All things gynecology, obstetrics, endometrial ablations, libido, infertility, breast disease, STDs, urinary tract disease, IUDs, endometriosis, nutrition, and women's health, with the latest on women's health clinical research trials. Your questions, my thoughts, the buzz on what's new and in the news by a Board Certified Obstetrician and Gynecologist.
Thursday, October 14, 2010
Endometrial Ablation Techniques Compared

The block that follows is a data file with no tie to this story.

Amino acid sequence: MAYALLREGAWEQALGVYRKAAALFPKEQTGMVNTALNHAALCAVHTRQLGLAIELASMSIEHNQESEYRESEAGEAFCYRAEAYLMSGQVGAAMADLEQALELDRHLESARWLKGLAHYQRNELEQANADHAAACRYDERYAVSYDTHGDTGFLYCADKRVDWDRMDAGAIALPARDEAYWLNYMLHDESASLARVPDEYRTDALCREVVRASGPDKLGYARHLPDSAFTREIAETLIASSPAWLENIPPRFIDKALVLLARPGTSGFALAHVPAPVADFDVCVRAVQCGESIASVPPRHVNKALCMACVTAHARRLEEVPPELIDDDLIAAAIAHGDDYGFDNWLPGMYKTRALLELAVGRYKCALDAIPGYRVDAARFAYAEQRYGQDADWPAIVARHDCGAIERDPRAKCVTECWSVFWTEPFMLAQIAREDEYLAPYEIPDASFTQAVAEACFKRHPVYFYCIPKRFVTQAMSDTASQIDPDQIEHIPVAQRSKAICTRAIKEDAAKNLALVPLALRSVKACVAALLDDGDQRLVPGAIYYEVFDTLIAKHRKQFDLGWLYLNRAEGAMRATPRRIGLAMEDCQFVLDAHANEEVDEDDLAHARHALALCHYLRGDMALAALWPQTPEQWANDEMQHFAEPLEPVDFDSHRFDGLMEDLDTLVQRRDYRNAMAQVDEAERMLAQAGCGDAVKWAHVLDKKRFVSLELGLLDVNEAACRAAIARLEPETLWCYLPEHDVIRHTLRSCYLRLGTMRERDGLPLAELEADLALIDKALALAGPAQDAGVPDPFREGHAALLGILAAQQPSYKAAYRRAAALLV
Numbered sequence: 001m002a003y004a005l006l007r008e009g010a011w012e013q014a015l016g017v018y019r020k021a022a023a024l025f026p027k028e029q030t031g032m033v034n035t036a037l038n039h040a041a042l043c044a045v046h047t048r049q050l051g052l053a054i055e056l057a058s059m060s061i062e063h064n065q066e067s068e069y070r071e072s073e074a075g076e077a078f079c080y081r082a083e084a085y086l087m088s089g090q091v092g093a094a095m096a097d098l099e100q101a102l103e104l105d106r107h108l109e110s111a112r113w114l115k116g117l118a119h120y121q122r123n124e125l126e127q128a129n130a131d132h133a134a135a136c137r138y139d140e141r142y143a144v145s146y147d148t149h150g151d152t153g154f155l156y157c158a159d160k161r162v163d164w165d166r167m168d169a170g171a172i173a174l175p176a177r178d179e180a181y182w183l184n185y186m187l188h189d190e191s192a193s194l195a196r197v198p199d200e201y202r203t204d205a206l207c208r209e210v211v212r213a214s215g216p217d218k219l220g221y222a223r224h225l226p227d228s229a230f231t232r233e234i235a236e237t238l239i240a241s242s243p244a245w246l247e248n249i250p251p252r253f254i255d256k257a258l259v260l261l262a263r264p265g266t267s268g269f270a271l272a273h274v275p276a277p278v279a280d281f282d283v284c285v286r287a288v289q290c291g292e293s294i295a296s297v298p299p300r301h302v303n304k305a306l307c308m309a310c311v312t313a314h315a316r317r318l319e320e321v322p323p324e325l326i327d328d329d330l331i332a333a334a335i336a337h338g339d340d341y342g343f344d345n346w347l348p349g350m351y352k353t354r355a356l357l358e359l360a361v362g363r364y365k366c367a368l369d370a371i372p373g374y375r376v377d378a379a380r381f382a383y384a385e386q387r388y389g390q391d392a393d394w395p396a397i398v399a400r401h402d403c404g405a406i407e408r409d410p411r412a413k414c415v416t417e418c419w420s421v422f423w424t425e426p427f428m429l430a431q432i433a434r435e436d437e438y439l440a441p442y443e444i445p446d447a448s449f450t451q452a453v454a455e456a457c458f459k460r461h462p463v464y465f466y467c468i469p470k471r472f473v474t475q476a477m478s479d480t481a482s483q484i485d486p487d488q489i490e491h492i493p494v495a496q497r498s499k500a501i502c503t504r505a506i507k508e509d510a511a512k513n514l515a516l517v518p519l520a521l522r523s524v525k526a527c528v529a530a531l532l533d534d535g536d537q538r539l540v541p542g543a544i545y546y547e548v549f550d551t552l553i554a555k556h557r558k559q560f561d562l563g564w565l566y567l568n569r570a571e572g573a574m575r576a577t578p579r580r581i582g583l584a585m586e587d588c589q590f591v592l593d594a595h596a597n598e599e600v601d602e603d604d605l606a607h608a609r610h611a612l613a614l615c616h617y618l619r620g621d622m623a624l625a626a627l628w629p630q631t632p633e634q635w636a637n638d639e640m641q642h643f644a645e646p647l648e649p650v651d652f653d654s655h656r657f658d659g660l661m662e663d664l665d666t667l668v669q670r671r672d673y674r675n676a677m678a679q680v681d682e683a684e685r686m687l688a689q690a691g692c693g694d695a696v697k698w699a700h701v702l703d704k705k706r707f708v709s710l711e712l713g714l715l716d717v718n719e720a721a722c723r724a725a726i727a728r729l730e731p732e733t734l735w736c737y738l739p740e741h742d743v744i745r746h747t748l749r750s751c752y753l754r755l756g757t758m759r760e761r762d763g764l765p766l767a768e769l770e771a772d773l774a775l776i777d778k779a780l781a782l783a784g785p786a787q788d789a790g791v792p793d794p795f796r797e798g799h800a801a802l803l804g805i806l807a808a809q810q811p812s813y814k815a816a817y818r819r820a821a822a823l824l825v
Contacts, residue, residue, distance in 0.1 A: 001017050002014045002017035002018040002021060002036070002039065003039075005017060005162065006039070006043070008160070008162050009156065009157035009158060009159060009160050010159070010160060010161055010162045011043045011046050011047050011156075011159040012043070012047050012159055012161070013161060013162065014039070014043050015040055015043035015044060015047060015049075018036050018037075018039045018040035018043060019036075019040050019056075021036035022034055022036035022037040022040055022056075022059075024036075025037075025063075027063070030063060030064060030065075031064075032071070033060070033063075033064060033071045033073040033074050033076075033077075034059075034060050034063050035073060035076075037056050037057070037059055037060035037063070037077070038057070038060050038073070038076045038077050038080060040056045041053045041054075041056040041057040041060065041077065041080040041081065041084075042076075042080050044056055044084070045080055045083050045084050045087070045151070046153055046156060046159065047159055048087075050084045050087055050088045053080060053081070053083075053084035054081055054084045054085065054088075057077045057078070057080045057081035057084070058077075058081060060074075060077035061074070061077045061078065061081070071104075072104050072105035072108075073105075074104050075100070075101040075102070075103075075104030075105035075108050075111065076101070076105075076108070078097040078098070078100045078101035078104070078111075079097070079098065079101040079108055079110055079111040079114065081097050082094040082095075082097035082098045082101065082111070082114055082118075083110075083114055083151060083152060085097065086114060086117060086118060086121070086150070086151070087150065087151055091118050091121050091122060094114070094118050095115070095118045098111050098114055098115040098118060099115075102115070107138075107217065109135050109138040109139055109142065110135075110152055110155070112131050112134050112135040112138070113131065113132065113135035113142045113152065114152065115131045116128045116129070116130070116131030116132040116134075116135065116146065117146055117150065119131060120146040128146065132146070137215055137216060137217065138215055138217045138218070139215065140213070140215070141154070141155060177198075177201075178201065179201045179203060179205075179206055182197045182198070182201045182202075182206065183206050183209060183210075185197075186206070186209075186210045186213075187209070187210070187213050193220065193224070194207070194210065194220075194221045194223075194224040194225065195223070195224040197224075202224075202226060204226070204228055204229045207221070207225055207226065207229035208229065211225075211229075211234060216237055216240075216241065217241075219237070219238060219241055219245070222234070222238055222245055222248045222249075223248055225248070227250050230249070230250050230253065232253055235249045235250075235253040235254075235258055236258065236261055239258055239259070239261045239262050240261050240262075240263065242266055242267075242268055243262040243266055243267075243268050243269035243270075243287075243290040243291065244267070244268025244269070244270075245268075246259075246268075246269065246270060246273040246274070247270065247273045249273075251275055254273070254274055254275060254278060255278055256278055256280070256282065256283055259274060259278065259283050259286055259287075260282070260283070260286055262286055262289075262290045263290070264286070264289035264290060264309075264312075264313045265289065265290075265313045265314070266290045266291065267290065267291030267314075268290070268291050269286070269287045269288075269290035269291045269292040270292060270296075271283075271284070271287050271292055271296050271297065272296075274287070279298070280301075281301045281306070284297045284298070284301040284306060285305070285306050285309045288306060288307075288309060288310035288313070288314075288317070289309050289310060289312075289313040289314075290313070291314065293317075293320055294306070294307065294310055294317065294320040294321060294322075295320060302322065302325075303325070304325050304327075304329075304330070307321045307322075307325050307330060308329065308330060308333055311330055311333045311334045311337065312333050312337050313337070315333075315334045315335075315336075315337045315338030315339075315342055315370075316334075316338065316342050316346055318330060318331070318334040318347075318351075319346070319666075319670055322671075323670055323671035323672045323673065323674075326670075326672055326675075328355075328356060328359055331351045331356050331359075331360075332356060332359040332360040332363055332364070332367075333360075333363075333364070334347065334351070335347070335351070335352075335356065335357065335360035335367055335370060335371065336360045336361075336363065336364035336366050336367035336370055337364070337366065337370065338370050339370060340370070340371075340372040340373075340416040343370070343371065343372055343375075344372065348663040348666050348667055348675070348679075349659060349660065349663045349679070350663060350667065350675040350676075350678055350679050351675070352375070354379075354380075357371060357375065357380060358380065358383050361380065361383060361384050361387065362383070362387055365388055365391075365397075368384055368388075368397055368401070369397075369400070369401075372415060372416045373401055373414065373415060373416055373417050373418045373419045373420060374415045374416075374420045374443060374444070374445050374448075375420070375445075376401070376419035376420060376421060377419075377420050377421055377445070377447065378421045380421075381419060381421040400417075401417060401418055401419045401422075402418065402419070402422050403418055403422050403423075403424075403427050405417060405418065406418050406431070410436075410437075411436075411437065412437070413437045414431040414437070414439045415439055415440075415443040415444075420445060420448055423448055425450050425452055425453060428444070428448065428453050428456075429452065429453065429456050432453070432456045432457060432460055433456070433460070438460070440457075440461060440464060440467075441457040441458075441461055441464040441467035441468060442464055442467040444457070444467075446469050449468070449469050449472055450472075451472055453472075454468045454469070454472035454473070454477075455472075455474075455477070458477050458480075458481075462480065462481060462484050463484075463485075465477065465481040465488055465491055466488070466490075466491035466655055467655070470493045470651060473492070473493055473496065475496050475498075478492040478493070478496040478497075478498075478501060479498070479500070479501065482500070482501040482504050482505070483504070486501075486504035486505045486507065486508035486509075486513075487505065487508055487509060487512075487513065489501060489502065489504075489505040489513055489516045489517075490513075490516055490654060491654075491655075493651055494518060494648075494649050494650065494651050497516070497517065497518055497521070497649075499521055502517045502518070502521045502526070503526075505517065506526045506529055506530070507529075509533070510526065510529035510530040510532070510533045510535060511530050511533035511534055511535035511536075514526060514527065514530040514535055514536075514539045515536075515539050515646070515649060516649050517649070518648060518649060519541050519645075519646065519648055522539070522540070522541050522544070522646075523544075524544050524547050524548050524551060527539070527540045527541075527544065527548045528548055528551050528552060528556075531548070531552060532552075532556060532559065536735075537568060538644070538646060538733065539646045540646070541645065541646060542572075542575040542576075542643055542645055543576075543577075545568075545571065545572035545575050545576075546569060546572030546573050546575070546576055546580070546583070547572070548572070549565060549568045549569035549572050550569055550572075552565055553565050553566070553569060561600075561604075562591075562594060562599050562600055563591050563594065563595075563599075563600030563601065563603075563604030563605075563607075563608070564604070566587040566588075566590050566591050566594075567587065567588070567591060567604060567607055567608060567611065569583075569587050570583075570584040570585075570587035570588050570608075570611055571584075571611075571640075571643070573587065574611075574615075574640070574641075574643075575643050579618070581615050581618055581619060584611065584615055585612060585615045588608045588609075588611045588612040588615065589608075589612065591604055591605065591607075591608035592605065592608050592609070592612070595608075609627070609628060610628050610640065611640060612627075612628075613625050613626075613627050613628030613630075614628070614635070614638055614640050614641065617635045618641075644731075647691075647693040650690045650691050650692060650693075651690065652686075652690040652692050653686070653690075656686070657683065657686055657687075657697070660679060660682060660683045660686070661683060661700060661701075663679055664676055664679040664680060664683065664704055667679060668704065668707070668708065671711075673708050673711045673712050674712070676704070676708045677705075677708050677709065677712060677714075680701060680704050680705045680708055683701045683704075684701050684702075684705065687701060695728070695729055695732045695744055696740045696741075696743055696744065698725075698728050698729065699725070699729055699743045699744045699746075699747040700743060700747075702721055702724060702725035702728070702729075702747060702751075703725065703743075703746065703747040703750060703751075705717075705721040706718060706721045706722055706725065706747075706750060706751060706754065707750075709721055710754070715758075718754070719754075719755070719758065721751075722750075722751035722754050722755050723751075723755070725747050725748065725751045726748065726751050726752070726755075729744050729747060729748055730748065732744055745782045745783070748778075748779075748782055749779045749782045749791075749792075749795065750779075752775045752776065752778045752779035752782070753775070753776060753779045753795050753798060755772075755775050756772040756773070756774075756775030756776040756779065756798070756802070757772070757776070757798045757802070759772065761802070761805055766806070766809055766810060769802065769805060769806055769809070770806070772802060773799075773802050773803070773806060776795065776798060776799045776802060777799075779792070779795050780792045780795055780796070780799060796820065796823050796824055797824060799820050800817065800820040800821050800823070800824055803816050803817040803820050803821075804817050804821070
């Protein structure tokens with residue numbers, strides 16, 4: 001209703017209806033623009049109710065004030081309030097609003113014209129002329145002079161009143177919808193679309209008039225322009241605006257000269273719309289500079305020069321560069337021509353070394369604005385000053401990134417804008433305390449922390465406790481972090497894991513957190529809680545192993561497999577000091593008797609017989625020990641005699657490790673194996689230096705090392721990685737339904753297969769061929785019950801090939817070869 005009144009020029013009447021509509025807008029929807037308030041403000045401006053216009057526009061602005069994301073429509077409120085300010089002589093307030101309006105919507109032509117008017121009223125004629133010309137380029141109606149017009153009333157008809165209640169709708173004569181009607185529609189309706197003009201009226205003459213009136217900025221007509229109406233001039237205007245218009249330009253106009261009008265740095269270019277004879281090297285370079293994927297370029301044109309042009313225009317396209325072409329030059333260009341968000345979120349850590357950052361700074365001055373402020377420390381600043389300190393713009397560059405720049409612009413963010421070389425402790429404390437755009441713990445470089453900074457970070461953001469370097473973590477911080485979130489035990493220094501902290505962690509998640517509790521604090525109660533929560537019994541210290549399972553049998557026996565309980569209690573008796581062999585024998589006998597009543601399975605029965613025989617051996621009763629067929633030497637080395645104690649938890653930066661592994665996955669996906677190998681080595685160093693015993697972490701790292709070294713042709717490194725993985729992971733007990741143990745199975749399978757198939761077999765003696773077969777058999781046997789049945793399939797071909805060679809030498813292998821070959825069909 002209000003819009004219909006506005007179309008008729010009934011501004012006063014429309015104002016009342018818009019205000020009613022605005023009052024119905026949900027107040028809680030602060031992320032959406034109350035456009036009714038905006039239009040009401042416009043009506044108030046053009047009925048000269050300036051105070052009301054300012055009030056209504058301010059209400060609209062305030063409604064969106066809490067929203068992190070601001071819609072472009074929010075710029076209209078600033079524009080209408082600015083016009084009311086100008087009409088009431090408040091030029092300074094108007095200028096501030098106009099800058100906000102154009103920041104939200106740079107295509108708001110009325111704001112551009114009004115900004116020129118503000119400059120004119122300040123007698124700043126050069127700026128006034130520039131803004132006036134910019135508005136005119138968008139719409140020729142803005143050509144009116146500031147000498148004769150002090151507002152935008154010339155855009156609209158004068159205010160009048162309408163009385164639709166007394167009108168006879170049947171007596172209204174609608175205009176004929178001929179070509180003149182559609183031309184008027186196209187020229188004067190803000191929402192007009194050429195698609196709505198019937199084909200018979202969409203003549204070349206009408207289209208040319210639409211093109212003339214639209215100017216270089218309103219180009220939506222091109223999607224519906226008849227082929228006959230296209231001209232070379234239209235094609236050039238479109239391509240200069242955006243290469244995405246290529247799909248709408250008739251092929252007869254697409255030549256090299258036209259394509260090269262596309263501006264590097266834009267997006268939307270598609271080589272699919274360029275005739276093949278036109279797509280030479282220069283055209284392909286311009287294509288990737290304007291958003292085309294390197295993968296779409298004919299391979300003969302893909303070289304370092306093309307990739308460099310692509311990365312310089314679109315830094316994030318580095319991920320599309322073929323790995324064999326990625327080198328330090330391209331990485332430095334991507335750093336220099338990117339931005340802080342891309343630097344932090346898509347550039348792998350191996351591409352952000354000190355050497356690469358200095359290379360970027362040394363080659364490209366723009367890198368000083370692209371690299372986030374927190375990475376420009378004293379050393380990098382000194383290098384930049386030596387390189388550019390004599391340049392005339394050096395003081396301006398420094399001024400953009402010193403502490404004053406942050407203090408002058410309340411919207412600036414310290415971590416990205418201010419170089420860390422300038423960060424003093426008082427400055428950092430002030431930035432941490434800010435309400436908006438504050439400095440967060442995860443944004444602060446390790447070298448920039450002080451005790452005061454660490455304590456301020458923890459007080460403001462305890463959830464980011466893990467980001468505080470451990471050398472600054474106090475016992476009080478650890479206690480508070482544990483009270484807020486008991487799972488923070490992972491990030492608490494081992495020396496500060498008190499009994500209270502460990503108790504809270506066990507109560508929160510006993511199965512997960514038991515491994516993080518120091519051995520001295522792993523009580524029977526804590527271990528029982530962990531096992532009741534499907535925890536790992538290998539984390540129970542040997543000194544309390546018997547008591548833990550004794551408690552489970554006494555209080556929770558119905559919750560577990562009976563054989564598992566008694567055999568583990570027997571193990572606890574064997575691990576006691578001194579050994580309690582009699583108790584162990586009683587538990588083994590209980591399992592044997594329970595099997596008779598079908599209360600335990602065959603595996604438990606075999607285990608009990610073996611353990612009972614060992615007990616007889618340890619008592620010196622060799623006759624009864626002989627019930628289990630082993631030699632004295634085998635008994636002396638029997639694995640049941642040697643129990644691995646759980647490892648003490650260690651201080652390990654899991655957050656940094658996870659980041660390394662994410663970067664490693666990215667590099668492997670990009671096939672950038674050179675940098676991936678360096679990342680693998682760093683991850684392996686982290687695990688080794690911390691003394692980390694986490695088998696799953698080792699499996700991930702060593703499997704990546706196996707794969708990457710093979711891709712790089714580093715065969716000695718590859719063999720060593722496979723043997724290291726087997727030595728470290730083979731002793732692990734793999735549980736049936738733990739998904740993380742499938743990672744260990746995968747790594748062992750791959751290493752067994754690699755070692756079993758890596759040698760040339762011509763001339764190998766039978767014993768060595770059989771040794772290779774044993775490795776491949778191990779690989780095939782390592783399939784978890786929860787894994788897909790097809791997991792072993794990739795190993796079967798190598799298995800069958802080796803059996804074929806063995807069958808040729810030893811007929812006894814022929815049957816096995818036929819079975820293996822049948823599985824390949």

There are several technologies in use today for endometrial ablation, and those in use have been tested and reported as extremely effective. It is up to your gyno, in consultation with you, to select the procedure she or he thinks will be a successful treatment. There are often choices to be weighed, and this short post is not going to cover them all of course! An interesting article was just published in the October journal called Obstetrics and Gynecology by a group headed up by Dr. Penninx from a research medical center in Amsterdam. What they found was that using the bipolar radiofrequency device was more effective than using the hydrotermablation technique. The NovaSure bipolar technique is a wand of relatively set configuration and it is performed "blindly" after insertion. The HydroThermAblator (HTA) is a technique that is performed while still watching with the view of the hysteroscope (telescope seeing in the uterus). The surgeons compared a study that looked at two groups that conformed to routine diagnosis of heavy bleeding. All of these patients were before menopause and were scheduled early in their cycle. They studied about 80 women in each group, and were able to get information on most up to a year. At 6 months out 19 of the women in the HTA group had to have other procedures and only 5 in the NovaSure group. Not quite half of all women in the bipolar group were no longer having a period at a year, which is what you expect, some studies have showed slightly better for complete period absence. The HTA group had lower success rates. In this study the HTA group was not pretreated with medicine to thin the lining. Higher success rates can be expected if women either can, or are willing to use hormonal pretreatment. Some physicians will treat with hormones in the healing phase, this theoretically may help as much. They do not specifically report the term post ablation syndrome, but there were cases of hysterectomy in the follow up phases.The study has a lot of interesting detail, it reaffirms how safe and reliable the procedures are, and does seem to back up the selection of the NovaSure device for most women who fit the criteria in this study. We will watch to see if they publish long term data as many of my gyno gabbers ask about long term success which is an important question.